Pop quiz! What uses less water: Hand washing plates or running them through dishwasher? In this edition of myth busters, we’re tackling some of the common misconceptions about cooking, cleaning, and all things kitchen-related.
Find the answer to this—and more busted myths—below:
Myth: On the stovetop, it doesn’t matter which burner you choose. Confession time: I used to only use the largest-sized burners, because I thought the larger the burner, the more quickly my water would heat and boil. In actuality, putting a six-inch pan on an eight-inch burner wastes a whopping 40 percent of the heat produced. So, make sure you put the pan on the correct burner. And, if you’re impatient like I am, just cover your pots and pans for a quicker cook time.
Myth: You always need to preheat the oven. This was the hardest habit for me to break, but it turns out that preheating the oven is often pretty useless. Ovens work by heating the air in the oven, which cooks the food. Once you open the door to place your dish inside, hot air rushes out, and the temperature drops. Seems kind of silly, doesn’t it? Most dishes will turn out just fine if you pop them in a cold oven and let it rise to the correct temperature. Just be extra careful when it comes to more finicky dishes like baked goods or pastries.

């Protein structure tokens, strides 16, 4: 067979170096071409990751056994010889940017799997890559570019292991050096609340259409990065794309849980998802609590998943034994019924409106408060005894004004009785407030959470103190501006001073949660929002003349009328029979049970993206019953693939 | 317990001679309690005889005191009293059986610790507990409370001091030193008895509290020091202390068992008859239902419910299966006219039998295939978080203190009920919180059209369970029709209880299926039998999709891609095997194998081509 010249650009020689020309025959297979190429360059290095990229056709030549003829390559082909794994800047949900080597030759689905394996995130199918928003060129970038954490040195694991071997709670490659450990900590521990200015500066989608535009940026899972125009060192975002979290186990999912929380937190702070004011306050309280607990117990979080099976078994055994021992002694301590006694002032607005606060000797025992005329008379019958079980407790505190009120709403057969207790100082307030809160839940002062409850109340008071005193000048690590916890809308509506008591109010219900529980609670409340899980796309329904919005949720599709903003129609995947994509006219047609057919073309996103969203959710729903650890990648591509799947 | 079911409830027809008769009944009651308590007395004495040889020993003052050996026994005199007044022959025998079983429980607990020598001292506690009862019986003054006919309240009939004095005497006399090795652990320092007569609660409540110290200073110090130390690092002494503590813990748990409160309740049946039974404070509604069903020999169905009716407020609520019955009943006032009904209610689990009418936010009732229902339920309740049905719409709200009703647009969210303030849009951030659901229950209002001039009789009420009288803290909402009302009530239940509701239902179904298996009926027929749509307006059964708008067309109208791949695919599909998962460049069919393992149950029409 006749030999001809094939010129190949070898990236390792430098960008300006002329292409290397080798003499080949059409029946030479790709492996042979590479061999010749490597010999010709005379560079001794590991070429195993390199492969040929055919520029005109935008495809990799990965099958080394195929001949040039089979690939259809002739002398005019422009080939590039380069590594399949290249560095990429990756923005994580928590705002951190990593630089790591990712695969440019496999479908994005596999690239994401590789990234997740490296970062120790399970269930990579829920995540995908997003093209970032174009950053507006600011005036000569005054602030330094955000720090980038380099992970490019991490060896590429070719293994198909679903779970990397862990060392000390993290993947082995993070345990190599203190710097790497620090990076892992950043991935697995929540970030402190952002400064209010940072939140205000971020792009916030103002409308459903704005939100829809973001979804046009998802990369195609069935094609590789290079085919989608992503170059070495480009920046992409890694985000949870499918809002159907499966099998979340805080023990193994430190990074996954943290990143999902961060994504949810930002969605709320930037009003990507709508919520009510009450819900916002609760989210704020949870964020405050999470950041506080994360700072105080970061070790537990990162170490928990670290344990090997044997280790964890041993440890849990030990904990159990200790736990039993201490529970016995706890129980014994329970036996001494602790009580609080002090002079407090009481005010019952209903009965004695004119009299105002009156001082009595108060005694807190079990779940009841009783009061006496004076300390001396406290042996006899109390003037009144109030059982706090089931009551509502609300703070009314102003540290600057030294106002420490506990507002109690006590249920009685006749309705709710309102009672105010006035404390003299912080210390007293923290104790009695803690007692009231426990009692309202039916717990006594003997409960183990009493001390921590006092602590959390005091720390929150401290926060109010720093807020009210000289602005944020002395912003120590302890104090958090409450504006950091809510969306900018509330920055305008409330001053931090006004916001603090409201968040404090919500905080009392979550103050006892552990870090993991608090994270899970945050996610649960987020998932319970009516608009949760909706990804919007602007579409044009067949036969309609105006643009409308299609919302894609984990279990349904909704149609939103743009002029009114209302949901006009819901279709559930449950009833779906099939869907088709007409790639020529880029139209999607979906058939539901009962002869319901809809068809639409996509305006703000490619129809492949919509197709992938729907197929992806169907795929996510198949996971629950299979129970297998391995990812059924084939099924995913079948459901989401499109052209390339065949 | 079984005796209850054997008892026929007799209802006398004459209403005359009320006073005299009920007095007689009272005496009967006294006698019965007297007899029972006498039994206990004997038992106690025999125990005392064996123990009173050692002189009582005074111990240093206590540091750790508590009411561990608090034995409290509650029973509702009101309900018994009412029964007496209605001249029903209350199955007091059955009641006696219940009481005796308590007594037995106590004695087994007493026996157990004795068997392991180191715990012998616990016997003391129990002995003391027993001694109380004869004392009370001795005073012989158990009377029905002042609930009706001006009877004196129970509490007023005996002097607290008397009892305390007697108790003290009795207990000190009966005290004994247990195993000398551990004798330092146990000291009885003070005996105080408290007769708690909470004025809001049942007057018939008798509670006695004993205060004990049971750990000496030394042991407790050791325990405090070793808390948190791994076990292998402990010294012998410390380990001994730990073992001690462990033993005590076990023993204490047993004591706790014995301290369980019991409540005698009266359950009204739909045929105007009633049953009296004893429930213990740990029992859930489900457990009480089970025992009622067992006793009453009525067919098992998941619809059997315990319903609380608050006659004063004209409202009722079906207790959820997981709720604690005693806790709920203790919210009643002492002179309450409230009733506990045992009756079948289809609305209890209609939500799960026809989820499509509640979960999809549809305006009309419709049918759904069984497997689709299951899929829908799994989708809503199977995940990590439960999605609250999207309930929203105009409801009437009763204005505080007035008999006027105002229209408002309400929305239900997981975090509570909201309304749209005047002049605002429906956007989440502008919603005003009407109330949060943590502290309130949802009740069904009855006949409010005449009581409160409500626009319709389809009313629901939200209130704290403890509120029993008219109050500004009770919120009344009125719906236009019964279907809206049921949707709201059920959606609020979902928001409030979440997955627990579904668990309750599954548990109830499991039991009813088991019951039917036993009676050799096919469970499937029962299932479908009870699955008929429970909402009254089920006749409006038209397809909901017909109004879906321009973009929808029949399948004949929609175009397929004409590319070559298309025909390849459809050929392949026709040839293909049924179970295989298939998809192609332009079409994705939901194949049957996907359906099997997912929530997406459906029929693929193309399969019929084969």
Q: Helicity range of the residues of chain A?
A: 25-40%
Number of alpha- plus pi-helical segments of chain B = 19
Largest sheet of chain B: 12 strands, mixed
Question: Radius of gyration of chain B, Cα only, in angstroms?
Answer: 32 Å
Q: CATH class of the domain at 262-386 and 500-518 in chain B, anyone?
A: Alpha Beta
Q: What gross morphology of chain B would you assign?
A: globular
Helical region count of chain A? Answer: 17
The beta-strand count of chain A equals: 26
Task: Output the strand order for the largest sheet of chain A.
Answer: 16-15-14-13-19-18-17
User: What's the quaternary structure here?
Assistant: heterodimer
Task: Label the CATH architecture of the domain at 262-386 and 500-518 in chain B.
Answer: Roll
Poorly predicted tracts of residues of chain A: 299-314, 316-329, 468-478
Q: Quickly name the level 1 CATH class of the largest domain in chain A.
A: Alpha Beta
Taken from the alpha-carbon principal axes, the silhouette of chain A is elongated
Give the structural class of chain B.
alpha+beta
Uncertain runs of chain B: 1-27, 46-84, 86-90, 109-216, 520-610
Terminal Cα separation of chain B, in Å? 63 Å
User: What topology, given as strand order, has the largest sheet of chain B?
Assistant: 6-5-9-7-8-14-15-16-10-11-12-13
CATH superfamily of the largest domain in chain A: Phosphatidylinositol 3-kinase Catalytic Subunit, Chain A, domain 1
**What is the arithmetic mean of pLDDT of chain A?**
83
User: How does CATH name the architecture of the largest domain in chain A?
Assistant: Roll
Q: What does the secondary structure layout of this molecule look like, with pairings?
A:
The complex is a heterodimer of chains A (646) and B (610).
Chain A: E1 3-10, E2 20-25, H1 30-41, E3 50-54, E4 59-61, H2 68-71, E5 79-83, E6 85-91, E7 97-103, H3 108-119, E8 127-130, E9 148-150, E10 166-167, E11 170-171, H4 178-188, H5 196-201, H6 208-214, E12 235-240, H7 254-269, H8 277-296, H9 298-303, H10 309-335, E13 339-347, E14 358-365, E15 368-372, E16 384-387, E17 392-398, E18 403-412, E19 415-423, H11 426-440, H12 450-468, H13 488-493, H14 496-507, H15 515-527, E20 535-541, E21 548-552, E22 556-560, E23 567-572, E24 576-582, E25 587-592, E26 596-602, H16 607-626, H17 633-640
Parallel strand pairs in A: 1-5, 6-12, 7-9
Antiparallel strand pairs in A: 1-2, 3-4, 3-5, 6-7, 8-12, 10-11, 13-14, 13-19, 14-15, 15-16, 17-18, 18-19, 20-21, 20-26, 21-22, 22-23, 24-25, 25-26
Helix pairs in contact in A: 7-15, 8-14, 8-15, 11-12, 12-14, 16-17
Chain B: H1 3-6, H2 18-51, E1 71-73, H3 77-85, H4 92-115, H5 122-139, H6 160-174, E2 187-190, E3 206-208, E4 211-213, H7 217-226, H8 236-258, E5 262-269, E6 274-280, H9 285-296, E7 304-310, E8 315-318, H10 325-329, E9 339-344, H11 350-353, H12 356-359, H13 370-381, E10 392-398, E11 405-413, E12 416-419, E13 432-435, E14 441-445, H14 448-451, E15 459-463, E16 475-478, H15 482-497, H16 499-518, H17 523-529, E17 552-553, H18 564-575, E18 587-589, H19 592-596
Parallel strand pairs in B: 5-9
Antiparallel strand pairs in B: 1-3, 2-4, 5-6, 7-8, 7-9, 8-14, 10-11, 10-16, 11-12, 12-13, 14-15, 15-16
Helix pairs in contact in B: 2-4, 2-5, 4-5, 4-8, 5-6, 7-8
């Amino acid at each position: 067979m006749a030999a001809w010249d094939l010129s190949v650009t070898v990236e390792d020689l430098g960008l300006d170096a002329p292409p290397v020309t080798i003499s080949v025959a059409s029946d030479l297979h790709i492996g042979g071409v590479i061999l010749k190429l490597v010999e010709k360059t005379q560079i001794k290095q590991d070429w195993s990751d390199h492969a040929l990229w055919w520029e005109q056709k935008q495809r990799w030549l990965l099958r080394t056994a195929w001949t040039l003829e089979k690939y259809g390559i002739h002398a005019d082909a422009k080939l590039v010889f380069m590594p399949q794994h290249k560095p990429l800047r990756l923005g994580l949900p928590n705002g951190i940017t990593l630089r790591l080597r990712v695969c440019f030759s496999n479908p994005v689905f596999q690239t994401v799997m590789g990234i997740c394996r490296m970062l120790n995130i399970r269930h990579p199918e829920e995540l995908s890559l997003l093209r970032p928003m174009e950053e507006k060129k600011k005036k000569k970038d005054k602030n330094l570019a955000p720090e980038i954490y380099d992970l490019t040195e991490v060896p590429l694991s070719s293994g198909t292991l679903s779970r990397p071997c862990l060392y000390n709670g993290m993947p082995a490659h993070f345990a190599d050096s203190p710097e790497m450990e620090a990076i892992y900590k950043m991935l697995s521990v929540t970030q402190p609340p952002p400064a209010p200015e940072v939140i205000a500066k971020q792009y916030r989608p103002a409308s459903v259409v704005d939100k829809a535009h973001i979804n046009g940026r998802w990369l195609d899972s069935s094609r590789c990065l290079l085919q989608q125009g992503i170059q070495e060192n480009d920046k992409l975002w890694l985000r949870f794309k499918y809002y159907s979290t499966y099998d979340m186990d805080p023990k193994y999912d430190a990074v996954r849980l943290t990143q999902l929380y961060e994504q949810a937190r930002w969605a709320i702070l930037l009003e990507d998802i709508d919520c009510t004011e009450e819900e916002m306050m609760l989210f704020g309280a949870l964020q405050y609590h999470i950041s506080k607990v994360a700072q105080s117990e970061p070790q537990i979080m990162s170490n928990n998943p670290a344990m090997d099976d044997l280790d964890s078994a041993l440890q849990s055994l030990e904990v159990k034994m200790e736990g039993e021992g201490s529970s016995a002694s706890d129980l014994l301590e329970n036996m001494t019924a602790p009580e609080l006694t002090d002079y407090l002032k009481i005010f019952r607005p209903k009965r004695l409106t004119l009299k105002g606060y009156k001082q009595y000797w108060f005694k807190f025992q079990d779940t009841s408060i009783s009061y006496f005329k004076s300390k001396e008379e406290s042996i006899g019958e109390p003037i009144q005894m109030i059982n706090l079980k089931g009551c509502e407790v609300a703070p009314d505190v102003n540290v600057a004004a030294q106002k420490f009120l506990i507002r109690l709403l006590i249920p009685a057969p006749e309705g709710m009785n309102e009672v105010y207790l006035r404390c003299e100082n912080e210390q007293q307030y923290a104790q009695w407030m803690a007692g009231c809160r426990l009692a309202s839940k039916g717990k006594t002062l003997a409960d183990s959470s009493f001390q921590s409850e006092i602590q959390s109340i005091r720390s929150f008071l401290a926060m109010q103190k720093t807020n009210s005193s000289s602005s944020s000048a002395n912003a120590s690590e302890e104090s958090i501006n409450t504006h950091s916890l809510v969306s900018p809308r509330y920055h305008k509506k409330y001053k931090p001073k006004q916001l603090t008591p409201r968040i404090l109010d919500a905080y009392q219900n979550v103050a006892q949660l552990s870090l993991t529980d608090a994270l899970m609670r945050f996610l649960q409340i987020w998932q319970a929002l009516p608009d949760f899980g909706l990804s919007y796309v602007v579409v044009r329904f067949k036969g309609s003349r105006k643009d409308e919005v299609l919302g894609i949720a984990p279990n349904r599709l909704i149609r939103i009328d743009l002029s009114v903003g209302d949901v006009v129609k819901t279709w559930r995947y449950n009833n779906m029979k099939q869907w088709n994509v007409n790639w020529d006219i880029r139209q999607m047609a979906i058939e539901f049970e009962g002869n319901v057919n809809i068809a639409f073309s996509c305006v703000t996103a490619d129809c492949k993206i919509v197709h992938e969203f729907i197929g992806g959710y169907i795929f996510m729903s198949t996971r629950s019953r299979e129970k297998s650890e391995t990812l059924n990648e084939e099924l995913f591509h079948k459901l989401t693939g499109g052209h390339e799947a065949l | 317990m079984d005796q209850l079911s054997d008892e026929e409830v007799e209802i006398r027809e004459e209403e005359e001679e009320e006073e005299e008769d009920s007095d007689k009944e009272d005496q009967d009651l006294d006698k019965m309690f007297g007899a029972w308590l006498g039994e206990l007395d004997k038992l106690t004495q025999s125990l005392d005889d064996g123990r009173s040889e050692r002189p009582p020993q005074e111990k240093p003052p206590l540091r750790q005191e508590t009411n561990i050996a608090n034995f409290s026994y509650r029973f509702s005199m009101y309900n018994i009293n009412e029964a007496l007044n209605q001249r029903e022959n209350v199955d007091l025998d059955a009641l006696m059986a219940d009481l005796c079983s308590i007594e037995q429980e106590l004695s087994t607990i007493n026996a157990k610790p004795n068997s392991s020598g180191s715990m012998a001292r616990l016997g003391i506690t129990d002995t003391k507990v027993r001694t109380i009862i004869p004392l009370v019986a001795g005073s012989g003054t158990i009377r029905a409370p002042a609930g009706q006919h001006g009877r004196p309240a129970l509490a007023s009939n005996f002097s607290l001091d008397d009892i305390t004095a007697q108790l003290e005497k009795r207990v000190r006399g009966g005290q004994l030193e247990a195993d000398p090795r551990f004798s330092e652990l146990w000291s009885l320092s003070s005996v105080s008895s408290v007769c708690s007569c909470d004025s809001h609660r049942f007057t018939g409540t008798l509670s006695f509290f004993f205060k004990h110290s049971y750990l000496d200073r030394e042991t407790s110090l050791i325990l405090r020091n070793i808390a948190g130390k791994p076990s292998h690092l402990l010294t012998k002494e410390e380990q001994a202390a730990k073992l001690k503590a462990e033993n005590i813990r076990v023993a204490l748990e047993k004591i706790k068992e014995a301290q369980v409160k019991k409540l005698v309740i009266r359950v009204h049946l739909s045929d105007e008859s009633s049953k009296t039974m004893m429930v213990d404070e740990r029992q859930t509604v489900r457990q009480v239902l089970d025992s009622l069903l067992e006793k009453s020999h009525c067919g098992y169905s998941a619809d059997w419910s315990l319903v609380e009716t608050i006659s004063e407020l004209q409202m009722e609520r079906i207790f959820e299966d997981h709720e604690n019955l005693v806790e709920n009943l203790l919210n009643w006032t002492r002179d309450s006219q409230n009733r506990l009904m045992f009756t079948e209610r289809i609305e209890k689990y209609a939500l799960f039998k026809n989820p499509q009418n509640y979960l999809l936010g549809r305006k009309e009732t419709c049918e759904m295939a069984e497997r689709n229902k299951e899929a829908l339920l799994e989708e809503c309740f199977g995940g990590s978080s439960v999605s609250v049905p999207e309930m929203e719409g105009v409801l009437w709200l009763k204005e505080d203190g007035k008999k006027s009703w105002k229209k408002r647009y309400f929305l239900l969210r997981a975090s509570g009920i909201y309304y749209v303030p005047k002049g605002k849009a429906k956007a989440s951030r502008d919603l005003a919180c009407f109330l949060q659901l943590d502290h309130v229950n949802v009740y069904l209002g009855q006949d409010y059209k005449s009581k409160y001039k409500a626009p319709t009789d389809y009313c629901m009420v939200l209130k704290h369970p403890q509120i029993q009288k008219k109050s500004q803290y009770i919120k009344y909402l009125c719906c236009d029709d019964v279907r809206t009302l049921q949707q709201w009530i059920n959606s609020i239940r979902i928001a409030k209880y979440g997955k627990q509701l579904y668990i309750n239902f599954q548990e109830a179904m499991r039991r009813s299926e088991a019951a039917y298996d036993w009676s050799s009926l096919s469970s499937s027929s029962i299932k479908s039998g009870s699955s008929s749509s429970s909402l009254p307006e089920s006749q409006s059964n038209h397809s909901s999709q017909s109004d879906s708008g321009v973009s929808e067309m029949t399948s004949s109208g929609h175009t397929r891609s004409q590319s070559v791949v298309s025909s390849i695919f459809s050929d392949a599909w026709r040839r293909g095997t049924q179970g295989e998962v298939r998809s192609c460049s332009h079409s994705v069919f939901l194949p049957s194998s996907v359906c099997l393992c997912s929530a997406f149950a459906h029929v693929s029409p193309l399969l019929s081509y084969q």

Myth: Hand washing is more efficient than using the dishwasher. Retire those rubber gloves and scrubby sponges; National Geographic Magazine reports that your dishwasher uses about 35 percent less water than hand washing. You can also save an additional 15 percent of your dishwasher’s total energy consumption if you switch your settings and select the “air dry” option.
Do you have any tips to make your kitchen a little greener? Let us know by commenting below. DING! You are now free to be green!